The three-litre roadster outlived him and was raced in local hill-climb competitions in the hands of Gabriel Lascaut. He broke various records with the Oméga-Six, and most of them would last until the early 1950s. Serge Pozzoli then bought the car in 1960.
Gautier Rossignol, Director of the Aguttes On Wheels Department, says: "Pozzoli was truly the king of classic cars in France. He saved many automotive treasures when very few people were interested. The Oméga-Six was acquired with a second 2,650cc engine. Pozzoli had the car restored by his mechanic, Albert Leblond, and used it very regularly. According to his relatives, it was his favourite car. It was only after his death that the current owner was able to acquire this unique piece of history, with the second engine that still accompanies the car to this day."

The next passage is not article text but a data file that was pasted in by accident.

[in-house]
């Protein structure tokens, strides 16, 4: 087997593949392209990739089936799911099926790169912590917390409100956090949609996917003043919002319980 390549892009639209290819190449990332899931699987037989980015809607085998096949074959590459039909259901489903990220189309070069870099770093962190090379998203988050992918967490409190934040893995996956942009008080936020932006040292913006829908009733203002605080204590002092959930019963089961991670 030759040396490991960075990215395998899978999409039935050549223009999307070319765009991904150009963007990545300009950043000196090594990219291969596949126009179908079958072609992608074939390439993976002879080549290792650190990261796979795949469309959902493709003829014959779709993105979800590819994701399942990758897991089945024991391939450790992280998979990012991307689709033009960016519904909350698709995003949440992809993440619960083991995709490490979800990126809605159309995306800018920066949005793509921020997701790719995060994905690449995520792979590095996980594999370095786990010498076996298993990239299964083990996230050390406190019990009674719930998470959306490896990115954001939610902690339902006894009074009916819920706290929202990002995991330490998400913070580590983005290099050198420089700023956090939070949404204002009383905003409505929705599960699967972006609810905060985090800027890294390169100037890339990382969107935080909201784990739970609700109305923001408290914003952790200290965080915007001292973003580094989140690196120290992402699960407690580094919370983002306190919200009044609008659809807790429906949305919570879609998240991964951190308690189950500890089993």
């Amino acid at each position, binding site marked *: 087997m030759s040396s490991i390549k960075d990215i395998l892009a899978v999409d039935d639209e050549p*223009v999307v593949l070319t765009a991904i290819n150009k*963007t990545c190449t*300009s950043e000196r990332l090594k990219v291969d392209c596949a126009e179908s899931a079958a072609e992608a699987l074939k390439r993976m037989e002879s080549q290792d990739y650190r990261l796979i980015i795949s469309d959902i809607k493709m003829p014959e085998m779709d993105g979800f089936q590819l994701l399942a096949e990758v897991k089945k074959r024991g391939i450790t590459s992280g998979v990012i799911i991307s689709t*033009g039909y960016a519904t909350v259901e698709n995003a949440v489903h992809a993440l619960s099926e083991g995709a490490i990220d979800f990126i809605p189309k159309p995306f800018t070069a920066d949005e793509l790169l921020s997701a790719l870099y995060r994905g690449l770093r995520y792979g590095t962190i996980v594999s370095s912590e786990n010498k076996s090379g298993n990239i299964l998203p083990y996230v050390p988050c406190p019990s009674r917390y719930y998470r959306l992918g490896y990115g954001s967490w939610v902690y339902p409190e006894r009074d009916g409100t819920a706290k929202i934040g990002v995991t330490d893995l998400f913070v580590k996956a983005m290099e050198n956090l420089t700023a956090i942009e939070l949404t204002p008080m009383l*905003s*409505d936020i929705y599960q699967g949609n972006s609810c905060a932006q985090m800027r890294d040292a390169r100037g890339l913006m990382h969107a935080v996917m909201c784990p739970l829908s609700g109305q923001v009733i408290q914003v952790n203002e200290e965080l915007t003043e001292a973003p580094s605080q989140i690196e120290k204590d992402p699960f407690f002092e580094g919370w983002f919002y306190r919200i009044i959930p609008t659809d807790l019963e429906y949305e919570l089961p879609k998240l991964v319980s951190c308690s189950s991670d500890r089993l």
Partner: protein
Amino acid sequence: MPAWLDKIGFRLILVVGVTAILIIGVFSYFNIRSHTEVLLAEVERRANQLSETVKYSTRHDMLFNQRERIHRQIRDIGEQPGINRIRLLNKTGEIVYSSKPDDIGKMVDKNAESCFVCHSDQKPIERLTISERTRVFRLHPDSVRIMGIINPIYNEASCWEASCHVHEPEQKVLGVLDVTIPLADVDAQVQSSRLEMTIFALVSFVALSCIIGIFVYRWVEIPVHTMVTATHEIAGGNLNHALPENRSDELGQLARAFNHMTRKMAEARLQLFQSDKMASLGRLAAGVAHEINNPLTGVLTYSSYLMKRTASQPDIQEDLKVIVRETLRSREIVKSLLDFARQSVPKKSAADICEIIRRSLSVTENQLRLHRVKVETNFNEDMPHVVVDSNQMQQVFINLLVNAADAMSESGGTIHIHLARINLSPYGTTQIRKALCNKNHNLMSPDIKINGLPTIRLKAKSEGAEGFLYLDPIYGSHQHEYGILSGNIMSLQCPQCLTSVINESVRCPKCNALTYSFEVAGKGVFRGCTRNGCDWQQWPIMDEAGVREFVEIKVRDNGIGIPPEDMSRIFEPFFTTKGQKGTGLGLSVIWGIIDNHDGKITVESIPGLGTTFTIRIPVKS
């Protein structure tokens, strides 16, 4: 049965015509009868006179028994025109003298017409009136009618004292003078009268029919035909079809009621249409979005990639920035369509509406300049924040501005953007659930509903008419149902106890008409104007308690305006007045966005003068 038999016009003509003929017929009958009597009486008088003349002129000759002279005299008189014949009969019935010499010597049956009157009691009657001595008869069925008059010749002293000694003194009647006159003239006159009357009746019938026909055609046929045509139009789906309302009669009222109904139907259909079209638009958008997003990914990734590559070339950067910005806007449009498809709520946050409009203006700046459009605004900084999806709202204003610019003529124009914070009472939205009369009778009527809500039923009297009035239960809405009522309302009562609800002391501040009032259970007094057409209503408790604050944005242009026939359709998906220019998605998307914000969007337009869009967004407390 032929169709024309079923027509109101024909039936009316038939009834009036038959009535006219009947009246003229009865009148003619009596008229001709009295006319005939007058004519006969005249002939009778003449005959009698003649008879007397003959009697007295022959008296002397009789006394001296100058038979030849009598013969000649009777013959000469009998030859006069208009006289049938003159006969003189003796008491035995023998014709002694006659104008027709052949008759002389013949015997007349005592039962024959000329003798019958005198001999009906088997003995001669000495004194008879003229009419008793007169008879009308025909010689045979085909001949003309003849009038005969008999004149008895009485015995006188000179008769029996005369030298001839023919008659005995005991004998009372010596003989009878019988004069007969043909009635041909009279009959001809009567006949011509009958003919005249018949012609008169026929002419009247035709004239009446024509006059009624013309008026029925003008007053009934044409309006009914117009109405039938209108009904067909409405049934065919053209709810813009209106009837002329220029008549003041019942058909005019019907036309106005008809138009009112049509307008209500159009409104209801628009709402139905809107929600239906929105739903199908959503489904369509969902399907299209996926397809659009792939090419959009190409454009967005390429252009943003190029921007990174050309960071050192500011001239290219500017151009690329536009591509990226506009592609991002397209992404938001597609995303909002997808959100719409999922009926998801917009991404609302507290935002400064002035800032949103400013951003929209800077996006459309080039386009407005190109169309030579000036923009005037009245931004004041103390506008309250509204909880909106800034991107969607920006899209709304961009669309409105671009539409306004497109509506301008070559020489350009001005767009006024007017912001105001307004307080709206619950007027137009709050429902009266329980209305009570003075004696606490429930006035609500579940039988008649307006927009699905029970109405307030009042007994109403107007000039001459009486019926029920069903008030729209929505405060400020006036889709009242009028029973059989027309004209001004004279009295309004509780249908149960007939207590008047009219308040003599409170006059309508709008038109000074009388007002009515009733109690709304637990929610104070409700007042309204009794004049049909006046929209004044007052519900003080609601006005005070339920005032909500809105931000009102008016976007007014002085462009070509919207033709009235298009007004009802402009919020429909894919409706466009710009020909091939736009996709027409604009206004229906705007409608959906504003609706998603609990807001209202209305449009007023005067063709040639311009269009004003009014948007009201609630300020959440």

This car was presented at the last 2022 Retromobile show on the Aguttes On Wheels stand. It was for most attendants a love at first sight affair. Almost unknown, never seen in a Concours d’Elegance before, the car stuns with its perfectly proportioned lines, both compact and elegant. The dashboard, with its Oméga-Six branded Jaeger meters, reveals the car’s sporting nature, with performances similar to a Bugatti 43A.
It deserves to continue its destiny in the hands of a collector who will appreciate its rarity, its undeniable driving pleasure, and its high-quality construction. In short, everything that made the reputation of Oméga-Six in the early 1930s.
As an ultimate tribute to the history of the brand, Peter Auto would be delighted to see this car take the start of a future Le Mans Classic edition, where the brand had tried to shine, without success, in 1924 and 1925. And of course, this unique car will also be welcomed in any major Concours, including Chantilly Art & Elegance, as a fresh and remarkable entrant.
Photos by Mathieu Bonnevie